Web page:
The 40-Foot Studebaker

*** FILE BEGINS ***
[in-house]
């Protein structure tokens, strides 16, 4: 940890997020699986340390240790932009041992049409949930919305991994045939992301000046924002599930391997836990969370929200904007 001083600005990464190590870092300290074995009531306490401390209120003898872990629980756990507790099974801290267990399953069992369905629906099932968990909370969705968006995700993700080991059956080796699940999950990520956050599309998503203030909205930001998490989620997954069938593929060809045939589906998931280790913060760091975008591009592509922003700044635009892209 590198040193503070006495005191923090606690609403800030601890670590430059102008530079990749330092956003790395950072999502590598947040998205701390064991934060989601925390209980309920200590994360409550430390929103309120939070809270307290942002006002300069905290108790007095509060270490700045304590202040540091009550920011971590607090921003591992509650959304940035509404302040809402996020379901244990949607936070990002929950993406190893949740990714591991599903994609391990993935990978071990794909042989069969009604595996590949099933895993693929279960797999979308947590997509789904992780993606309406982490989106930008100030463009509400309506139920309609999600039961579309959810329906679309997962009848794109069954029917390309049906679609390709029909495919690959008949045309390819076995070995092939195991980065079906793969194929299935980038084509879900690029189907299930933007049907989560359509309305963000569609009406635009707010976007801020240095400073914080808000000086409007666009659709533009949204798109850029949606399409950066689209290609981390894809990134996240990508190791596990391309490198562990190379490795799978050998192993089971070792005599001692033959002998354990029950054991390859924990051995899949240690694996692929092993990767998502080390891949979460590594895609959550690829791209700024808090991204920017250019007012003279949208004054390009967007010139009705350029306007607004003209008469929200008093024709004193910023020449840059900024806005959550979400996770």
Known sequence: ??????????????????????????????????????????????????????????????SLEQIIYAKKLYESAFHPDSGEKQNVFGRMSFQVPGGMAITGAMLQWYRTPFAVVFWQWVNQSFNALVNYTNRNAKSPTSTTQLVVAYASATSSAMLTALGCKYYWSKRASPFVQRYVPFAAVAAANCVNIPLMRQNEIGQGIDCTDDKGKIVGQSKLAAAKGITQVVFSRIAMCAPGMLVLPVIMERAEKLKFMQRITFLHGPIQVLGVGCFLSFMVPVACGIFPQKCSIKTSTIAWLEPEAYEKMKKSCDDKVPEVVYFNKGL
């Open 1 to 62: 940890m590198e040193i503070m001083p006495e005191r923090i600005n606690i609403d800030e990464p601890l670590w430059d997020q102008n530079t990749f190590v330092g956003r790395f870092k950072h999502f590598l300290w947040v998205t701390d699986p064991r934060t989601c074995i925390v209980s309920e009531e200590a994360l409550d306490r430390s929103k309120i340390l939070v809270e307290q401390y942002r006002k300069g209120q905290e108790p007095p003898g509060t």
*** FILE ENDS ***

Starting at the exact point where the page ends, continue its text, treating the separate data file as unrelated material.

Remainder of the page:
Few companies escaped the Stock Market Crash of 1929 that plunged the United States into an abyss of economic recession. One of the worst was the automobile industry, because it was almost impossible to sell cars to people who were out of work. Prior to the crash, Studebaker had been booming, manufacturing more than 180,000 cars a year. While the company barely survived the depression, a series of bad decisions sealed their fate. In the midst of their difficulties, Studebaker orchestrated one of the biggest automobile stunts that had ever been done. In 1931, in order to promote sales, the company built an enormous replica of the Studebaker President out of wood. The President, one of their premiere models, was released in 1926 with a 6-cylinder engine capable of delivering 122hp that made it a king in land speed records. The replica stood 14 feet tall and was 40 feet long — 2½ times larger than its production counterpart — and weighed over 5½ tons. The wheels, supplied by Firestone, measured seven feet across. The display generated a fair share of publicity, but because the company took no measures to protect the all-wood construction from the ravages of a harsh winter, the car fell into disrepair. It survived until the spring of 1936, when the company decided to burn it to the ground. Studebaker’s fascination with enormous vehicles didn’t die with the wooden President. At the 1933 Chicago World's Fair, Studebaker erected another giant — a model of their Land Cruiser, 80 feet long and 28 feet high — out of plaster over a wood framework. Below the running board, a door led visitors into an auditorium where films were shown extolling the virtues of the new Studebakers. The car was dismantled after the exhibition ended. Neither stunt resulted in an increase in sales. The company eventually folded in 1966.